October 2012 • NORTH TEXAS STAR STORYTELLER & RAMBLER • Page 3
By Don Price
Three whole days to float the river brings one in rapport withnature, a kind of cadence, in step with peace. (It’s better thantext messaging.) The gift of inner peace is yours if you go witha friend or even alone, but you mustn’t hurry or you’ll miss theriver’s quintessence.Mighty sweet to your ear is the melody of purling water;you’ll discover a song by reposing your ear toward chert ascore of miles northwest, with ancient coils slowing the river’scadence to a rhythm Bach would envy.A river offers relief to anyone who will immerse himself in itscoolness, but the difficulty is the slowing down to appreciate it,to feel its power, but contemporary man seems to yearn forsuperficial pleasure; he’s already planning to leave before heeven gets there.Slowing down nowadays brings about the almost lost trait of patience, the pause to recognize nature’s harmony. (It would beshocking to know how many are still reading this essay; one’s cellphone keeps ringing, and one’s missing his favorite TV soap.)While warmed by a small campfire, lean your tired back against a cut bank of driftwood, perhaps to puff a good briarwhile filling your lungs with the aroma of black river coffee.Allow your muscles and mind to relax.After grasping a few sublime thoughts, the truth will emergethat you are satisfied with what you’ve got and where you are.Entrepreneurship shouldn’t be found around the next bend of the river either: Nary a hot dog stand, we hope. Just give me the rugged and rolling Palo Pinto country, thisupper middle Brazos, so that I might be allowed to rusticate anhour or so.I yearn to trundle the sandbanks of Los Brazos de Dios untilmy boots are full of river sand; I yearn to set a trotline in its belly for a big yeller, and I want to stand in its heart waist deepwhere the current has force.Yea, this brings the catharsis. Bring it on! I yearn to loll underthe shade of a majestic live oak on the second bank; I want toshade my eyes with sunburned hands to search the landscapeas the Comanche warrior did.And I even yearn to do such a simple thing as hack the heartfrom a cedar with a three-pound Kelly, the favorite tool used by cutters in Brad country seventy-five years ago; just to hearthe ring of ax ricocheting off a limestone canyon wall in earlysun would tend to satisfy that portion of my life.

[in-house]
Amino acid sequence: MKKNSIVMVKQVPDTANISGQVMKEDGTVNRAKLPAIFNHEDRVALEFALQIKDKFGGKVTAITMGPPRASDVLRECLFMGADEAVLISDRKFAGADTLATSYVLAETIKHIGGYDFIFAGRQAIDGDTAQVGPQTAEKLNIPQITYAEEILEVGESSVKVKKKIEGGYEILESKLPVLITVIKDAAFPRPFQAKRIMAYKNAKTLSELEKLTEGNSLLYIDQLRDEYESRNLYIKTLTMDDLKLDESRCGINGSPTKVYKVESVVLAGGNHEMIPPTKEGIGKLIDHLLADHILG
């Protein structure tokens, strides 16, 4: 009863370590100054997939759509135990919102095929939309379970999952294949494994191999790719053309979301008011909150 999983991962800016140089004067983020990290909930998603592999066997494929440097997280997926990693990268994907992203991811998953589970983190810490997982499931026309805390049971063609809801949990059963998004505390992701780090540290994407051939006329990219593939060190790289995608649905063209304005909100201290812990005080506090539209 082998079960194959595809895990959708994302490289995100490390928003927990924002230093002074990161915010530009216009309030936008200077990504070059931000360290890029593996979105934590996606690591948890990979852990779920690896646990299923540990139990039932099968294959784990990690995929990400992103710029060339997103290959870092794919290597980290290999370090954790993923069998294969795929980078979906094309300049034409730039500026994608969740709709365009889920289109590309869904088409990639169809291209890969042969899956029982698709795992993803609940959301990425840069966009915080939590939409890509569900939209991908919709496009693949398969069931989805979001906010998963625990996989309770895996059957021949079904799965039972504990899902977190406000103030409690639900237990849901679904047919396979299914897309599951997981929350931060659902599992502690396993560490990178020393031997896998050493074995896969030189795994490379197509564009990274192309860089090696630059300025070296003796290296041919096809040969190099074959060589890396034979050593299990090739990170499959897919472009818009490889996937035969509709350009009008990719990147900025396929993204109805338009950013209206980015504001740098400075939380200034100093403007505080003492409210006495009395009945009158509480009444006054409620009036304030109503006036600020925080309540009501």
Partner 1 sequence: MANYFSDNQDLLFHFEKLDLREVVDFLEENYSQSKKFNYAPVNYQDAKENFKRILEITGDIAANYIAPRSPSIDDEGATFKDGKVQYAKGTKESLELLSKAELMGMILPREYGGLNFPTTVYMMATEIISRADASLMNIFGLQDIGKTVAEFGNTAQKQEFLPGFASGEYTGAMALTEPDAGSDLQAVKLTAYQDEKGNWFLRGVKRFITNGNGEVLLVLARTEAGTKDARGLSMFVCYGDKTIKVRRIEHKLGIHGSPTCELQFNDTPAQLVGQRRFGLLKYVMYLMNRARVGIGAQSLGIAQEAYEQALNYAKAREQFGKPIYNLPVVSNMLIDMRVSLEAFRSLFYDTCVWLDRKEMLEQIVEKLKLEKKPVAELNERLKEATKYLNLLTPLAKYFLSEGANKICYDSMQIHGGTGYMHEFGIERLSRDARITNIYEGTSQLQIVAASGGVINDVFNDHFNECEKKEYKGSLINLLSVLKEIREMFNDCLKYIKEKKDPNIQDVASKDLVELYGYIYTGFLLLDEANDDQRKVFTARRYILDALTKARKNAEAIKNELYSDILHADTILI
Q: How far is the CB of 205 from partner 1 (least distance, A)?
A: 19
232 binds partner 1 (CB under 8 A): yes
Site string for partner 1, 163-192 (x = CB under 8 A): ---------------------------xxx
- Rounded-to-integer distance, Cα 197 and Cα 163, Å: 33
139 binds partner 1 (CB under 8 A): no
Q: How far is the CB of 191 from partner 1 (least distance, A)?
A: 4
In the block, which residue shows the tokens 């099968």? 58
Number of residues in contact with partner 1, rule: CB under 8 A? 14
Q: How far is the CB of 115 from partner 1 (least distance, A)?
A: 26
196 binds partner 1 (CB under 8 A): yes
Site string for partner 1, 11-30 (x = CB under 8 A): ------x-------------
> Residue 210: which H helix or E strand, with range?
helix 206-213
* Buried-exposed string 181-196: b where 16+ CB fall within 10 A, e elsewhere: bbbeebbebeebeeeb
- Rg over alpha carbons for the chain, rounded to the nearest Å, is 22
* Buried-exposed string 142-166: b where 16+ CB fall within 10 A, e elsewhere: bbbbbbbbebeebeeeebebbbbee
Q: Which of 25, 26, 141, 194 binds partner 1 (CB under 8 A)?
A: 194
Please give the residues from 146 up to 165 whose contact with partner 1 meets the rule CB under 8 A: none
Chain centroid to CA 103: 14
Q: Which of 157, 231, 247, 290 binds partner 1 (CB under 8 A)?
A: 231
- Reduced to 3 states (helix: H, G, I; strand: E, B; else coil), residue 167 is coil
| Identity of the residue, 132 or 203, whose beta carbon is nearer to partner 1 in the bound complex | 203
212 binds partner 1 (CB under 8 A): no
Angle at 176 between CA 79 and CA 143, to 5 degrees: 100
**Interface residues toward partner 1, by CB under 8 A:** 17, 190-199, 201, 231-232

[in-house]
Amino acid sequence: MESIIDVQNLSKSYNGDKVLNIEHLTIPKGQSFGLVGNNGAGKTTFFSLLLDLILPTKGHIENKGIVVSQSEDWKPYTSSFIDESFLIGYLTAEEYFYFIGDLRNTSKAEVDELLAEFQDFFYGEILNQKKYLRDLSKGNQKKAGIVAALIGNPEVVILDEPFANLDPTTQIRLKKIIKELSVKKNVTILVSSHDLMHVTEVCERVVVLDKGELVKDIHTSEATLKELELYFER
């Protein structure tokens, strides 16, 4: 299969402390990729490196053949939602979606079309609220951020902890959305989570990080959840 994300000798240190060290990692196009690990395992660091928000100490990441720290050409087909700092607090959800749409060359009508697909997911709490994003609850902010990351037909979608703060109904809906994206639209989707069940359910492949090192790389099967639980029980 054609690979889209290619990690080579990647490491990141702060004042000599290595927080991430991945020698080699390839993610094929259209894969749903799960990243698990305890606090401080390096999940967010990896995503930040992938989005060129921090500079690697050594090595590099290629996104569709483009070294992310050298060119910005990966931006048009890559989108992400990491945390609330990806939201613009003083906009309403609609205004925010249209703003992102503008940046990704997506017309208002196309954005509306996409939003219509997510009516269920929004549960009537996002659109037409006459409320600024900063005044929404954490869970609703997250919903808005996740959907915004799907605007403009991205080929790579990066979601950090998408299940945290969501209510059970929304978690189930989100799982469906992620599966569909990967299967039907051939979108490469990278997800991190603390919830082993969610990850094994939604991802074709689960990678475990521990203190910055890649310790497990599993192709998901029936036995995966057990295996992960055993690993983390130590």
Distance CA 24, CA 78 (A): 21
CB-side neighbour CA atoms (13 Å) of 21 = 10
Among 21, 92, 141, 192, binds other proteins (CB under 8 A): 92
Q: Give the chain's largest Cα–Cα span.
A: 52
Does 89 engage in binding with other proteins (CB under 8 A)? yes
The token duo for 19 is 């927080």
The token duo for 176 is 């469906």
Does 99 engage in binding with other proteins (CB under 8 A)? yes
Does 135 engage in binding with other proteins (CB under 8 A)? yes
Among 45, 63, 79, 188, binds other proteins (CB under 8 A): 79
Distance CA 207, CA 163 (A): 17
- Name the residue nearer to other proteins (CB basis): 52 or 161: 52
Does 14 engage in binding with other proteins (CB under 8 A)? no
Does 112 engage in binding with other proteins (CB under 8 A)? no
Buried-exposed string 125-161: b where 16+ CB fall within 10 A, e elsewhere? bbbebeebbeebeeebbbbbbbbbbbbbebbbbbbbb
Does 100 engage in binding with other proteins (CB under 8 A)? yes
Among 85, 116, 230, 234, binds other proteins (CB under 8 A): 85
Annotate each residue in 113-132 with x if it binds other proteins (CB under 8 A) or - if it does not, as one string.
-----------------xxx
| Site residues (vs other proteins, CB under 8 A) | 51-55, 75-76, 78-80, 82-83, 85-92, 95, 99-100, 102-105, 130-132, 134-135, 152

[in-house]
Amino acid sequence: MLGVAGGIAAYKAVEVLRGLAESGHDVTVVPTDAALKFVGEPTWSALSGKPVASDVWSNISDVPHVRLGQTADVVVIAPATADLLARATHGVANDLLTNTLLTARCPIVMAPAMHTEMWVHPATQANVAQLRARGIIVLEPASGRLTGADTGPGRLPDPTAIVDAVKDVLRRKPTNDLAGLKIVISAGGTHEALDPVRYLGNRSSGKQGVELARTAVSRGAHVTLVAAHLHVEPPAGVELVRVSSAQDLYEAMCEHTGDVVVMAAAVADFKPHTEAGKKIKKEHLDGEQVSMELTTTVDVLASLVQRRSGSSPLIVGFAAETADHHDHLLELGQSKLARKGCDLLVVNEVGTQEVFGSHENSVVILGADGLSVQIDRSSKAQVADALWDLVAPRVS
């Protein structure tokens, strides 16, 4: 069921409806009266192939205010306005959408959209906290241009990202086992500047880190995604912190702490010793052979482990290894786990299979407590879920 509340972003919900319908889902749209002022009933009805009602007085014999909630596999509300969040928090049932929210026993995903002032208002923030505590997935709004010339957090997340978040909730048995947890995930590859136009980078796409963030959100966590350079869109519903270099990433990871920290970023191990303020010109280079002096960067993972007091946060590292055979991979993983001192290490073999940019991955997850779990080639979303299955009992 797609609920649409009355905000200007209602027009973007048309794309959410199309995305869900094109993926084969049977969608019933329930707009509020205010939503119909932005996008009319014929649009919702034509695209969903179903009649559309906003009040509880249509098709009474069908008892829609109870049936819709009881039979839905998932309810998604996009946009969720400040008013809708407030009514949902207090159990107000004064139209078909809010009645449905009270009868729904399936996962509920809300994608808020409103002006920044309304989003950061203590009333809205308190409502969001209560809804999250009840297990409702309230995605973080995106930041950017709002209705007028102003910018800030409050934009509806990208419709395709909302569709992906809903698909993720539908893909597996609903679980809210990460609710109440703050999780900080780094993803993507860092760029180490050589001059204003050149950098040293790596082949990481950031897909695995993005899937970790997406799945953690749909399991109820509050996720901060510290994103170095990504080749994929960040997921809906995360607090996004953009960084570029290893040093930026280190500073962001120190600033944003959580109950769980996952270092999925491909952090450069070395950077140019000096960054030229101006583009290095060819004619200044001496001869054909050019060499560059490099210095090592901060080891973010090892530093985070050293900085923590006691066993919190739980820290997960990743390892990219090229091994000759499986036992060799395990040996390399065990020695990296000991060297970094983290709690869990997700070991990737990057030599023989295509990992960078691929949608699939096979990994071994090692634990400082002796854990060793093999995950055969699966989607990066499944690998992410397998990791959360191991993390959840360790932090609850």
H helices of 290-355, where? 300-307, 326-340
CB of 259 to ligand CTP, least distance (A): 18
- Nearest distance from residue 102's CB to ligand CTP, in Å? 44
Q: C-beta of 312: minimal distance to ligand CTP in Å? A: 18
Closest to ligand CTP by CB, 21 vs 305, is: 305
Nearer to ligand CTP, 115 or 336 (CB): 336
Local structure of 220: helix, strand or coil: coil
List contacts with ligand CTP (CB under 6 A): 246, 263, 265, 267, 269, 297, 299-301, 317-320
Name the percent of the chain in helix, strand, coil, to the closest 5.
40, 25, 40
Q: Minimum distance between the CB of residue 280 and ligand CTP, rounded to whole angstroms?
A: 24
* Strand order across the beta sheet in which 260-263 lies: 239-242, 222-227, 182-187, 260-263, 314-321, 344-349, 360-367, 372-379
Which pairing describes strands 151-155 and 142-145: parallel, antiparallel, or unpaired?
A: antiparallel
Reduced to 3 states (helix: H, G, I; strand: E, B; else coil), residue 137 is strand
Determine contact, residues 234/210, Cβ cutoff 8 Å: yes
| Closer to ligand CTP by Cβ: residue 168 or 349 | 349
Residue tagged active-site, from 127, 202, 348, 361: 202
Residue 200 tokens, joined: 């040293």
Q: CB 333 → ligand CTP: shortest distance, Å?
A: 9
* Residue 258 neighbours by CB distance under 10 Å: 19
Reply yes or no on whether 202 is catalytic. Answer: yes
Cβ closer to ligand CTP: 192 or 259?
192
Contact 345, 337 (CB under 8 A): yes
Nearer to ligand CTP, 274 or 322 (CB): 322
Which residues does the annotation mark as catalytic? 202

In a way our U.S. Constitution seems to be coming apart.We’ve lost our gyroscope in a stormy sea. It’s disturbing to seeinflation evaporate the savings we’ve worked a lifetime to earn.Interest on CDs is an embarrassment, even to a neighborhood banker. Justice seems to be a farce, an amorphous data dragon cling-ing to contradicting statutes.Perhaps each of us has been the victim of a crime; seeminglythe criminal has a better chance in the courtroom than we do.Because many laws are ambiguous, criminal lawyers seem to be having a field day. Whoever has the deepest pockets often-times wins, and this is seemingly no accident.
See page 4
Outdoors Along the Brazos
Three Days on the River in October